Sperling Grain Elevator
Sperling, ManitobaWheat logo

Ancestors' day...

Come to Sperling on the first Saturday in every June.

Go out to the cemetery anytime for your annual Ancestors' Day visit.

  • Check out and tidy up the family plot.
  • Reminisce with your friends, ancestors, and Sperling's departed.

Please pass on the word to family and friends!

Town Development


The first church in the area was called Egremont Presbyterian, and was built in 1899 just west of Sperling on SW36-6-3W. It was moved to Sperling in 1903. The Methodist Church was built in Sperling in the same year. These churches merged to form the United Church in 1924, and the Presbyterian Church was demolished. The new United Church was built in 1944, and it served until 1993. (The building is now a home and art studio, run by Ken Potter.) The Catholic Church was established in the former Waddell School building in 1935, and continued in use until 1972. (It is now the Golden Corner, a seniors' center.)


The first school was established in the area in 1897. Waddell No. 925 was located one mile north of present-day Sperling on SW32-6-2W. It served until a new school was built in Sperling in 1910: Sperling Consolidated No. 1488. The original building burned in 1924, and was quickly replaced with a red brick four-room school that served the area until it was closed in 1987. The building was demolished in 2006. Other schools in the Sperling area were Tremont to the south, and Lone Star and Lea-Bank to the east. These schools were consolidated into Sperling in the 1950s and 1960s.

In 1899, the first post office was located a half mile south of Waddell School, on the same quarter section (owned by Amos Davison), and was named Mariposa by postmasters Tom Bennett and his wife Allison (Waddell). After his death, she married John Smith. The post office was moved to Sperling in about 1902.

Father of Sperling

R.H.(Robert Henry) Waddell, nicknamed Yankee Bob because he lived in North Dakota for some time en route from Mount Forest, Ontario to Sperling, has earned the title as "Father of Sperling". He purchased the south half of 29-6-2W in 1900, just in time to have the Morden and Northwestern Railway build its new line along his property in 1901. He made some of his land available to them for a station and rail yards, and then undertook to develop a town site. He subdivided the area into lots, built a livery stable, boarding house (which later became the hotel), a general store, and numerous houses, and sold lots to others. Yankee Bob became quite wealthy, but he lived out his life quietly in Sperling, dying in 1938. Three of Sperling's street names are a reminder of him: Waddell, Robert, and Henry. Cousin Charles Waddell owned the north half of section 29, and the northernmost street is named Charles Street.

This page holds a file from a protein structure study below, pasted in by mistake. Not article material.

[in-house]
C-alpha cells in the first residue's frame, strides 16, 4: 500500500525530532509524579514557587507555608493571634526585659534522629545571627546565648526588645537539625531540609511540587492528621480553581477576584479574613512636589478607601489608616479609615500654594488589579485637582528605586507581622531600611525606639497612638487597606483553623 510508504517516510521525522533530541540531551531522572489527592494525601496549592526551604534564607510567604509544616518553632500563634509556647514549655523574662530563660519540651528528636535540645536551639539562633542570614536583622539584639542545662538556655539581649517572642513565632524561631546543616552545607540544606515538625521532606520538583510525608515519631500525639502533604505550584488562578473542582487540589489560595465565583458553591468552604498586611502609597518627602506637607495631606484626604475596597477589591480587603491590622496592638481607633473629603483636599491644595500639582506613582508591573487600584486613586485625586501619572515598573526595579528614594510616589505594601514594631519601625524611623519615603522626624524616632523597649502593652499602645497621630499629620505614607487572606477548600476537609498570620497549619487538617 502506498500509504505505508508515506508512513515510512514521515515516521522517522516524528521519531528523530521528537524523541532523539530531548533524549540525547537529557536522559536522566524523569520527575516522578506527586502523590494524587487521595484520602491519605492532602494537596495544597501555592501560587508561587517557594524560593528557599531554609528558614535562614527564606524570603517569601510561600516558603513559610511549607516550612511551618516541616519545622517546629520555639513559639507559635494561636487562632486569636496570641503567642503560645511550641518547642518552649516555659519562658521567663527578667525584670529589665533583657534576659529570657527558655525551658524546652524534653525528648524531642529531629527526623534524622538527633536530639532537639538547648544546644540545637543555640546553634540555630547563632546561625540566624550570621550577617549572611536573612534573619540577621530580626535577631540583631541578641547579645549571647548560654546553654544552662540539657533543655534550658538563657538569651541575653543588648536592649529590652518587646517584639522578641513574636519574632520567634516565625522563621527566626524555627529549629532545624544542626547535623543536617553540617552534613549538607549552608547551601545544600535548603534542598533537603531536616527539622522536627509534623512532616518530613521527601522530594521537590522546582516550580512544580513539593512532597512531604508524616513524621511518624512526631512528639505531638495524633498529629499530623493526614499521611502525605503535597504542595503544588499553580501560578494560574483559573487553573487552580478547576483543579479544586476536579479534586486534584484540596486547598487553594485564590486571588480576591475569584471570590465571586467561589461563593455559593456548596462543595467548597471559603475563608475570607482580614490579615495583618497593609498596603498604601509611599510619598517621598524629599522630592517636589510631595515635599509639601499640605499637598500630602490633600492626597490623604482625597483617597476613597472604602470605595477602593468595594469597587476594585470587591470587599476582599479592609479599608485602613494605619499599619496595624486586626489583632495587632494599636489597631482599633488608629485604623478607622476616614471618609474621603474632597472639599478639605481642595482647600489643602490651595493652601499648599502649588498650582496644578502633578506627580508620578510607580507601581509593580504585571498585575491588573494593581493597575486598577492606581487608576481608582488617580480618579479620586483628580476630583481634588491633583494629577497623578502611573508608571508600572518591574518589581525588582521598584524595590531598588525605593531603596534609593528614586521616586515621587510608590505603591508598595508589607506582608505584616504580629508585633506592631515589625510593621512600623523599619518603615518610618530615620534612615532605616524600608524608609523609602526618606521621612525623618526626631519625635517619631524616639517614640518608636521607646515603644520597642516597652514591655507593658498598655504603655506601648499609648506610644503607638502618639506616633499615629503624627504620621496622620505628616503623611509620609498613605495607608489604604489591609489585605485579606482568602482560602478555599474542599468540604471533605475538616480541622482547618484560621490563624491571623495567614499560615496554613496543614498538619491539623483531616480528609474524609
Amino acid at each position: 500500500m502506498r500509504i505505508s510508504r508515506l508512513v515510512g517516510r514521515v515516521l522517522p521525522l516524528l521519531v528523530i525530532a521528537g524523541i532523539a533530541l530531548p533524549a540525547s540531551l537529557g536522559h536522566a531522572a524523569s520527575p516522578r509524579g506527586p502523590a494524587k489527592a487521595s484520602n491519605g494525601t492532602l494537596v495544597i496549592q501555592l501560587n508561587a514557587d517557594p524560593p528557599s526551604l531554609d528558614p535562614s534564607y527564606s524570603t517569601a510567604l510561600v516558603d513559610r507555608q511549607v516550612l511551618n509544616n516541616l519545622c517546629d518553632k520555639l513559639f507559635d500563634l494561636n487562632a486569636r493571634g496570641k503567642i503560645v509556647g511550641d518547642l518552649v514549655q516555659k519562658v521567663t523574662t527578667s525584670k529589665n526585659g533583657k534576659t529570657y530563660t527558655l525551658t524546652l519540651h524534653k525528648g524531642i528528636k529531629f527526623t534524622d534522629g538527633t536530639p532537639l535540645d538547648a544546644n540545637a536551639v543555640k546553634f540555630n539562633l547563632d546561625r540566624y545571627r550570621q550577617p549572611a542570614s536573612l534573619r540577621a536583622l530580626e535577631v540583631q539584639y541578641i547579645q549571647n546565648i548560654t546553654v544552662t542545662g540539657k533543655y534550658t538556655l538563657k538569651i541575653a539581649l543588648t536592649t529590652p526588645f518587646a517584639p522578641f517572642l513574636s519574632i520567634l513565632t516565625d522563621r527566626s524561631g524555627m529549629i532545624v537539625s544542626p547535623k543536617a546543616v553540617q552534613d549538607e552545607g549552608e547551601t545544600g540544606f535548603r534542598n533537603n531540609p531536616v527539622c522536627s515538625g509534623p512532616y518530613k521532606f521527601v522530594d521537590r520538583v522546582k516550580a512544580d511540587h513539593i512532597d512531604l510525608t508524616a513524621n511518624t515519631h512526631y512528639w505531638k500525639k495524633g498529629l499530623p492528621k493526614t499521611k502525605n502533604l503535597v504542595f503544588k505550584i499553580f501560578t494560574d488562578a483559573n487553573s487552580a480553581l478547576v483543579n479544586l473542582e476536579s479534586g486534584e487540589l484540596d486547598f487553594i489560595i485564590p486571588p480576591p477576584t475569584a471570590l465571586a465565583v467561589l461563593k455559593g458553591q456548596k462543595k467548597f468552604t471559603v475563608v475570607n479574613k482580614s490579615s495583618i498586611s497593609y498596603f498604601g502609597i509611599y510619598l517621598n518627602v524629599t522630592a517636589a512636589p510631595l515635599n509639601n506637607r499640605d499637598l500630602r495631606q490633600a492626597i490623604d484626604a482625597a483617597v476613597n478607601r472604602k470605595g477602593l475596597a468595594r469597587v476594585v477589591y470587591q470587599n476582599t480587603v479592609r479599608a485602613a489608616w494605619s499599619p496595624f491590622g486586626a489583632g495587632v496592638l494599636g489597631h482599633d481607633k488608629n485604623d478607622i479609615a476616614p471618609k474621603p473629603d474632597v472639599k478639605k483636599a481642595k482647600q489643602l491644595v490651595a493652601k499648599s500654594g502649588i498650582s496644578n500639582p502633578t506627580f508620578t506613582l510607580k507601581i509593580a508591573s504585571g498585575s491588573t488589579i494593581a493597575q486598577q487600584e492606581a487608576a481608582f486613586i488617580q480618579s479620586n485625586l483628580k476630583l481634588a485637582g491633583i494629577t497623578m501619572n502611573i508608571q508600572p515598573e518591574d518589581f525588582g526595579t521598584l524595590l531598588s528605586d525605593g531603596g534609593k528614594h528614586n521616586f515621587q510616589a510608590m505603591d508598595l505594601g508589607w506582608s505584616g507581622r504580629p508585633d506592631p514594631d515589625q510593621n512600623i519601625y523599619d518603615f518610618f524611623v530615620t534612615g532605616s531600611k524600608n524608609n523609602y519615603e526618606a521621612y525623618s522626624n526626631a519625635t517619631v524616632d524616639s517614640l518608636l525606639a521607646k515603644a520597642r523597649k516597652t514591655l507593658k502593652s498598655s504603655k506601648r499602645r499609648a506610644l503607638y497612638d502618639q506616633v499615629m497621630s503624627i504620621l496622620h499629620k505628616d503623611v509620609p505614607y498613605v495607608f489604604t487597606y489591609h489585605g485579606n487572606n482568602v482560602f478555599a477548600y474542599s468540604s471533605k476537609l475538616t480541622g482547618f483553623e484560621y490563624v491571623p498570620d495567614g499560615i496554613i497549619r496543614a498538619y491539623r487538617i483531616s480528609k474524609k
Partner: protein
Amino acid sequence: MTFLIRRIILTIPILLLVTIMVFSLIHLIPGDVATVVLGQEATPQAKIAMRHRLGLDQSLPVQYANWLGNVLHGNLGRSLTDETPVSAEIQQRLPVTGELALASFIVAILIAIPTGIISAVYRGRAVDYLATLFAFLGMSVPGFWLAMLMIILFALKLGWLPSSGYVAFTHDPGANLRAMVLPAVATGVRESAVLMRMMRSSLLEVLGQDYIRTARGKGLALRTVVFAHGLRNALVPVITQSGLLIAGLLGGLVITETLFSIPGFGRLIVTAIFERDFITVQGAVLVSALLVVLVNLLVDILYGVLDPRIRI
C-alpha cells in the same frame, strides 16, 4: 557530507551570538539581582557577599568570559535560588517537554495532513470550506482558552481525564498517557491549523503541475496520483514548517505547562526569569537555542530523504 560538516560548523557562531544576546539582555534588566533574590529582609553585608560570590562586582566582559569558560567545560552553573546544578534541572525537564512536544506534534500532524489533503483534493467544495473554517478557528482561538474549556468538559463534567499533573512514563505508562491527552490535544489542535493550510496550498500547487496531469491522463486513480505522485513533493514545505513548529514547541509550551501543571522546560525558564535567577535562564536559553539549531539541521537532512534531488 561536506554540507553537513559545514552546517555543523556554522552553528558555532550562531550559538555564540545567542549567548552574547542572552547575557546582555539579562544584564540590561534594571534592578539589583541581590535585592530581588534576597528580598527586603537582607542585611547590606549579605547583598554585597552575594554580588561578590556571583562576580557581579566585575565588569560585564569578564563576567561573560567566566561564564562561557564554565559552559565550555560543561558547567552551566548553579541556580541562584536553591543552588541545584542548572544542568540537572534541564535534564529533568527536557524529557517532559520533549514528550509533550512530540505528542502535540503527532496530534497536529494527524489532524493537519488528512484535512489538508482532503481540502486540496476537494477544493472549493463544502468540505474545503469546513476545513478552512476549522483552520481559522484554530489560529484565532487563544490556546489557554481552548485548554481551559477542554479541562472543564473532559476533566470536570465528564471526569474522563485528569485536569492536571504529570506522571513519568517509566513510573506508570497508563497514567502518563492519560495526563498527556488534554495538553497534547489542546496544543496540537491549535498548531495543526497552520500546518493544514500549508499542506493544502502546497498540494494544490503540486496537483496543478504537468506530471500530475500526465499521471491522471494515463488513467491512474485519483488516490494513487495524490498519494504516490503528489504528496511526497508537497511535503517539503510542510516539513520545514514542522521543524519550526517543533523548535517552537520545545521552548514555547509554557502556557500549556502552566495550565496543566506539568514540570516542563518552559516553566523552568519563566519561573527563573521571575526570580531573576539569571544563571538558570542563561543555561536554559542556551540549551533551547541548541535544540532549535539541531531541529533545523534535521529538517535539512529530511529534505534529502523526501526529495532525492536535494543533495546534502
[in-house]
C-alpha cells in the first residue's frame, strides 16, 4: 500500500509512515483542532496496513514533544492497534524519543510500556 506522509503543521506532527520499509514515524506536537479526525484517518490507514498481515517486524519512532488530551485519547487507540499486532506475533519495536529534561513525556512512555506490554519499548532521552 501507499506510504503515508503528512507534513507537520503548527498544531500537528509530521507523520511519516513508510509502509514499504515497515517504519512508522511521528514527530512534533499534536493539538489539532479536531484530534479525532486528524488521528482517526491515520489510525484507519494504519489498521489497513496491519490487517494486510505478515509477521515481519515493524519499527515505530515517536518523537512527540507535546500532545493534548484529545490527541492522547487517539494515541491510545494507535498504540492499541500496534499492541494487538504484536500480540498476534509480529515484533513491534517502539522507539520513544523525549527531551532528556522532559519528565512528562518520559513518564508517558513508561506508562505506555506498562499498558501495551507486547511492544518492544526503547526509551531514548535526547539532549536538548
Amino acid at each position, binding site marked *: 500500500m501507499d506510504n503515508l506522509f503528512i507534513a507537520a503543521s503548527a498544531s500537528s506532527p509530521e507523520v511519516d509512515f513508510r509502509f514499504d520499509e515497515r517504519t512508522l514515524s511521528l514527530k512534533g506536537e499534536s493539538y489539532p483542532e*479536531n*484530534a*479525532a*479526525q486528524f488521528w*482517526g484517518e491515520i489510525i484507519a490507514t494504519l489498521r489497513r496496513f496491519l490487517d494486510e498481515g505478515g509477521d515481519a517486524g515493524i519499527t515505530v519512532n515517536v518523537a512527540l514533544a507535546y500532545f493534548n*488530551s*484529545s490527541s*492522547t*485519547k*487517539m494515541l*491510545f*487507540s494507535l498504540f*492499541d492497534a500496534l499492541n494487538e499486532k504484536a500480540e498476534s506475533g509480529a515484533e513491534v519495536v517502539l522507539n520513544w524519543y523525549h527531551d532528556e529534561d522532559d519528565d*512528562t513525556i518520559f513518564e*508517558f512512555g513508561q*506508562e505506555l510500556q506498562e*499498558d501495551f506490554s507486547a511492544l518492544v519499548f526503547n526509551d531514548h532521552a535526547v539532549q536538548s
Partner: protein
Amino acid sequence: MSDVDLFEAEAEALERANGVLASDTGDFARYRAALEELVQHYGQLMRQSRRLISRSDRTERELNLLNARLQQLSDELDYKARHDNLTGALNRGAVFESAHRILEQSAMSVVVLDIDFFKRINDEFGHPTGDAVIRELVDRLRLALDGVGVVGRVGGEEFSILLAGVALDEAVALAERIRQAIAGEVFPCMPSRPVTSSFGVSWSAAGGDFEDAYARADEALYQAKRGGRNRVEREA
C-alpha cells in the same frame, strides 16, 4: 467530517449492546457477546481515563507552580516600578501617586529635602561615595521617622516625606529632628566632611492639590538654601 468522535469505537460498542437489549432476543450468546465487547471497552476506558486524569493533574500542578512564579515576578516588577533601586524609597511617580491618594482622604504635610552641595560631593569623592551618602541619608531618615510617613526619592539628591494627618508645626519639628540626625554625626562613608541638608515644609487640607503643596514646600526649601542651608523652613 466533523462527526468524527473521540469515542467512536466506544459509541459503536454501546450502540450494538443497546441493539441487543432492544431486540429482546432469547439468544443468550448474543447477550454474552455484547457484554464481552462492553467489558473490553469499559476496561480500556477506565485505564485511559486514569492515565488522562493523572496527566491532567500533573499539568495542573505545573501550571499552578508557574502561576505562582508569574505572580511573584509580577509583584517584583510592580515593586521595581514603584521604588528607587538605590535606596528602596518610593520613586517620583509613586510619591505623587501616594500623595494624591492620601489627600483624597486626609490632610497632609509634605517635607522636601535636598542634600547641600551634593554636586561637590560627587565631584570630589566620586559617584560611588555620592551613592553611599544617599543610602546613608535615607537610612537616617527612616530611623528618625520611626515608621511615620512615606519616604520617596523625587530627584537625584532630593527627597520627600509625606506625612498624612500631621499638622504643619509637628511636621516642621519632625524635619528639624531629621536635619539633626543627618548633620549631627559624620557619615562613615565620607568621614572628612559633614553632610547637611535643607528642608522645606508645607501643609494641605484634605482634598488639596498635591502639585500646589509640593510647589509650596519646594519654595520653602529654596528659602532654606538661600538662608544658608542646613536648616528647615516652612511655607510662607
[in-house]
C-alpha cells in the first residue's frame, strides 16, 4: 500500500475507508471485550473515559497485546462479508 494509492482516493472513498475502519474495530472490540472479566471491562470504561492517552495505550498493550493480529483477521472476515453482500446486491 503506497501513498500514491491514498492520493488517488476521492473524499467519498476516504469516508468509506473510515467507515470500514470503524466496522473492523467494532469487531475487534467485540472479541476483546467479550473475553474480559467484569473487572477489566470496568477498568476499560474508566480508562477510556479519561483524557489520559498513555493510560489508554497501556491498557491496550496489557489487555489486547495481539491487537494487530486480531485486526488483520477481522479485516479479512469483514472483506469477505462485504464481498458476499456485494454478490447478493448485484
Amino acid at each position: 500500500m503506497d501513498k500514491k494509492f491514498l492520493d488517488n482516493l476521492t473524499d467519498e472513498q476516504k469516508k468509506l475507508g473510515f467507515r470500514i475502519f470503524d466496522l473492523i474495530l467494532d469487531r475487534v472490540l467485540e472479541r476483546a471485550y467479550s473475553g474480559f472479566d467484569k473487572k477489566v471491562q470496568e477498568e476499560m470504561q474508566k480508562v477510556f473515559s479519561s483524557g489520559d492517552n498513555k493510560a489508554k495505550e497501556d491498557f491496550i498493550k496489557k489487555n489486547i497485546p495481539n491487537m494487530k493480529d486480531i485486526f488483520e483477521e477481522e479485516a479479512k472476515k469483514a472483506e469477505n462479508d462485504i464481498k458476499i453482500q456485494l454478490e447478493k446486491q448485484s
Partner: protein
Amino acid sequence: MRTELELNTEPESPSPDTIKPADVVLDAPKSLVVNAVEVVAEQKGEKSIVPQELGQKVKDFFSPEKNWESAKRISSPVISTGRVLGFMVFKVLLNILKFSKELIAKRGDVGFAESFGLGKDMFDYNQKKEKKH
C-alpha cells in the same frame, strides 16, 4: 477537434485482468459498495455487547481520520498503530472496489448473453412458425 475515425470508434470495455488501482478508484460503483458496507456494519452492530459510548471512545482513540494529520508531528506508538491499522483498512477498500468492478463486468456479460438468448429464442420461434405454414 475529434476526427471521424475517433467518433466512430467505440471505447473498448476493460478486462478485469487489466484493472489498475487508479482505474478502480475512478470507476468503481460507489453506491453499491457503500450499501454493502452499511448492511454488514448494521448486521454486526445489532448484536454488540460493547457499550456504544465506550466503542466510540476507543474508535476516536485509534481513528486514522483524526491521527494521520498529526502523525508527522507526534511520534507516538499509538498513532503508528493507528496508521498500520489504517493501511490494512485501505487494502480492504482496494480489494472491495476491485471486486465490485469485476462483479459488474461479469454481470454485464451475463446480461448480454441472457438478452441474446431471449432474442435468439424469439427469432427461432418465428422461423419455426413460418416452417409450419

The Railway

The name Sperling was chosen by the Morden & Northwestern (or its successor, the Canadian Northern Railway) in recognition of a British financier, Sperling & Company, who provided financing for the construction of the railway.

It was common practice for railways to establish stations along its length about every seven to eight miles, and communities sprang up in similar manner to Sperling. Grain elevators were built at each town, providing delivery points that allowed farmers to haul their grain a manageable distance for horse and wagon. The first elevator established in Sperling was the Dominion in 1901, followed by the Ogilvie. Later came the Manitoba Pool, and then the Canadian Consolidated (later operated by United Grain Growers, and which burned in 1995).. The only surviving elevator, formerly the Manitoba Pool, is now operated by the N.M. Paterson Company.